Alex Bridgeman: And, Zack, when you were getting into the business, what two to three decisions and changes did you make on the technical team to start organizing and getting that team prepared to make further changes and growth with the system?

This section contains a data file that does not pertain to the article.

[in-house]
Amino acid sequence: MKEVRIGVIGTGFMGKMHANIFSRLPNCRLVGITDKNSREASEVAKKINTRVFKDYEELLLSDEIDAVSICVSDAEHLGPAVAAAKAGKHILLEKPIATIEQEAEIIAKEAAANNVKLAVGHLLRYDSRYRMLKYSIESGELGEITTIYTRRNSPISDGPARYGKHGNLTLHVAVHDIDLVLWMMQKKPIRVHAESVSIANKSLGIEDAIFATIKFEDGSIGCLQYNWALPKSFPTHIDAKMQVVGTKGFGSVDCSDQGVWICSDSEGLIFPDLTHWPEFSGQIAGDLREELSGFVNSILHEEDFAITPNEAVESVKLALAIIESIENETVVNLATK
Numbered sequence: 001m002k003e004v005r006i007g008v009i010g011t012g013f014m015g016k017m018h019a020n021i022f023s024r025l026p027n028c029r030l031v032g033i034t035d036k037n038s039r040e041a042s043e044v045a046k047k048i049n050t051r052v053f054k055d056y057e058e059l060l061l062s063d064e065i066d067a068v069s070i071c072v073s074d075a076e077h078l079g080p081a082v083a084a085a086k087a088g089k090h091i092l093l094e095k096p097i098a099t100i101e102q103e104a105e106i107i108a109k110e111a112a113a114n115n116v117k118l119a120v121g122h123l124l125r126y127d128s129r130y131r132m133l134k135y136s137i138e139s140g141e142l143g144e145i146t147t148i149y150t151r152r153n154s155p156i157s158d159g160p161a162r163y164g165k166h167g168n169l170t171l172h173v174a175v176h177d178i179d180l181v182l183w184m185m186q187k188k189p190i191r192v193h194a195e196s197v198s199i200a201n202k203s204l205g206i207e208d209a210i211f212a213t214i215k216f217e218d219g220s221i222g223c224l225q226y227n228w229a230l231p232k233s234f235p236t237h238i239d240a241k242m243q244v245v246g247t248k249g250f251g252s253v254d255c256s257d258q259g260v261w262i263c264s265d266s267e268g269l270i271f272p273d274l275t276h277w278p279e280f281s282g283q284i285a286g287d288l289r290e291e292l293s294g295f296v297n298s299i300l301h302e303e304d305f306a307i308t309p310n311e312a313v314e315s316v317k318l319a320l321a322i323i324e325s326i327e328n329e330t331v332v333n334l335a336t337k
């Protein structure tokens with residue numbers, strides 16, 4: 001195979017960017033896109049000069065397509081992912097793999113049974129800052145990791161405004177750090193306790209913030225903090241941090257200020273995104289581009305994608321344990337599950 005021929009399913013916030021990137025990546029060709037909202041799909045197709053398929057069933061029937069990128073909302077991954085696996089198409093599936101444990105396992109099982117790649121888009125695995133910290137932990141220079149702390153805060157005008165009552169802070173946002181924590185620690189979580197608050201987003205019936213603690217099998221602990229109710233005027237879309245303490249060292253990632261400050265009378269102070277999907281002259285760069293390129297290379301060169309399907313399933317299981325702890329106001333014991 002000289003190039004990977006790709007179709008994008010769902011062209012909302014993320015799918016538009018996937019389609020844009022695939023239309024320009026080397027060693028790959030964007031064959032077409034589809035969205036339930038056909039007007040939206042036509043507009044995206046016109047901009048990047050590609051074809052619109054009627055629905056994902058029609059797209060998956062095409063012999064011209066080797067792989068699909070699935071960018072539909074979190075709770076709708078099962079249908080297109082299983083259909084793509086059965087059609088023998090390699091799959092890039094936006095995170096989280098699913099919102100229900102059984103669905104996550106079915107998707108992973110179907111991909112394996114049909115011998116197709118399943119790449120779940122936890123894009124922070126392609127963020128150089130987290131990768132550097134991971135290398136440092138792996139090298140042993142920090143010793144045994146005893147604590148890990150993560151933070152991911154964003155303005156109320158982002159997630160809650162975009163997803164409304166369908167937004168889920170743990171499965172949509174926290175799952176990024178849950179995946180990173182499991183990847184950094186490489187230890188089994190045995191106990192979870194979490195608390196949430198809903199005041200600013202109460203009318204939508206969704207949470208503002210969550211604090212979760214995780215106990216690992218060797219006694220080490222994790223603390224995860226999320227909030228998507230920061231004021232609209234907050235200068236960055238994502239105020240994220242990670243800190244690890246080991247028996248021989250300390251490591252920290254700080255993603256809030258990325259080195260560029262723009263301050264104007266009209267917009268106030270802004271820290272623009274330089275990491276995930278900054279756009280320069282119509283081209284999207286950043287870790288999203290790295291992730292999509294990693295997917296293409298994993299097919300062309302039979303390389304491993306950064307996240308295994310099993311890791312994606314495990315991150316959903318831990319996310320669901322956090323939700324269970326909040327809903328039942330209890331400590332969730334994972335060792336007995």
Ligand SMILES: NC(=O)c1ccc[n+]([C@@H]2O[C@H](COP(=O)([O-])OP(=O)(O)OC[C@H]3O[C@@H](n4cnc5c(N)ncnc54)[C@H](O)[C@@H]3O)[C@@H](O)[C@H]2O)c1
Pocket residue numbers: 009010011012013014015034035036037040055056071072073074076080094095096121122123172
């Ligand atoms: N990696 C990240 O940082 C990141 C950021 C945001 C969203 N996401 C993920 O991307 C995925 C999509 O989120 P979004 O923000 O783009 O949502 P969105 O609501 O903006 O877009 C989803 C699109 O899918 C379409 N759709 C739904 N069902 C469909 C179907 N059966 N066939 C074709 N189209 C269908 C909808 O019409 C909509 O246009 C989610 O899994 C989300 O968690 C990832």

Zach Seely: A couple of things come to mind. One is just around work intake and making sure that the process is broadly understood both within the development team but also across the rest of the organization. Kind of being a sort of smaller software company, even one that had grown quite a bit over its time, there was this feeling where I’ve worked with this person for a long time. So, when I’ve got a question, I’m going to tap them on the shoulder and kind of disrupt what they’re doing and ask them to do me this favor in a way and on something, or can you look at this, et cetera. And it exacerbated a lot of other challenges and competing priorities for our development team. And so making sure that we had the right work intake, which not only streamlines the process and makes sure that there’s prioritization steps and there isn’t a ton of context switching and other sort of traditional work waste type behaviors, but it also allows you to track and show over time how that is changing, increasing, decreasing, whatever, staying the same, which helps give evidence for what people are already feeling. And so, making sure that we had a data component to managing either frustrations or challenges and those types of things. Like the primary area that comes to mind is really around work intake. The second thing, and something that we’re still trying to do and trying to expand, is getting everybody, but certainly it applies to the development team, out of the development team for a little while. I mean, everybody works in collaboration with everybody else or with a lot of other teams, and especially in this remote first environment, and FSI was remote prior to the pandemic, so we’ve been dealing with kind of the challenge of not being co-located for quite a long time. But too often, while you’re trading work back and forth or asking questions on an email and getting part of a response, et cetera, there is just really limited understanding and appreciation of what your colleagues are doing and the frustrations that they have or how they’re wrestling with other factors that you’re not seeing firsthand. And so, making sure that our team and certainly the development team, especially with some of the folks around support and level two support and even the sales cycle, our development team is getting that exposure, sitting with those other groups in order to both develop stronger bonds with their colleagues, to get a better appreciation of customer questions or issues or challenges, and to build just more general awareness is super important. We’ve got a developer who just started this week, and they’re spending all of their second week shadowing support in order to just get a better sense of the questions that come in, the challenges that are coming in, and those sorts of things. So that cross pollination is something that I think is especially challenging in this remote first environment that most companies, I’m sure, are wrestling with. It’s an area that every time we’ve made a decision to make a little bit of progress, it’s actually been quite profound as to the excitement, interest, and I’m not sure the right word, it’s sort of like there’s just a general acceptance of there’s more to kind of the issues that everybody faces than just what we see in our day-to-day job. One of my favorite stories is we had our Agile manager, who had been with company for nine years, and our Head of Customer Support, who also been with company for nine years, and we did a strategic goal setting session after the first quarter of this year where we brought a bunch of people together in Pittsburgh. And these are two women who work with each other day in and day out, sometimes on the phone or answering emails, many times a day, who had never met in person in nine years. And just that simple human to human connection, I think, adds a new dimension to any relationship. And so, we try not to forget that that’s a really important part of building a culture and an organization across all the different functional areas that we need to invest in and spend time on. Because existing and growing, especially in competitive environments, is hard enough, and trying to do that without having a good sense of who we are as a collective organization makes it even tougher. So, the good old fashioned get together in person, do social stuff in addition to hard work is all really, really important. And we try and be really thoughtful about how we get folks together and how often we do that. And quite frankly, we haven’t been doing it as much as we want to. It’s kind of a work in progress.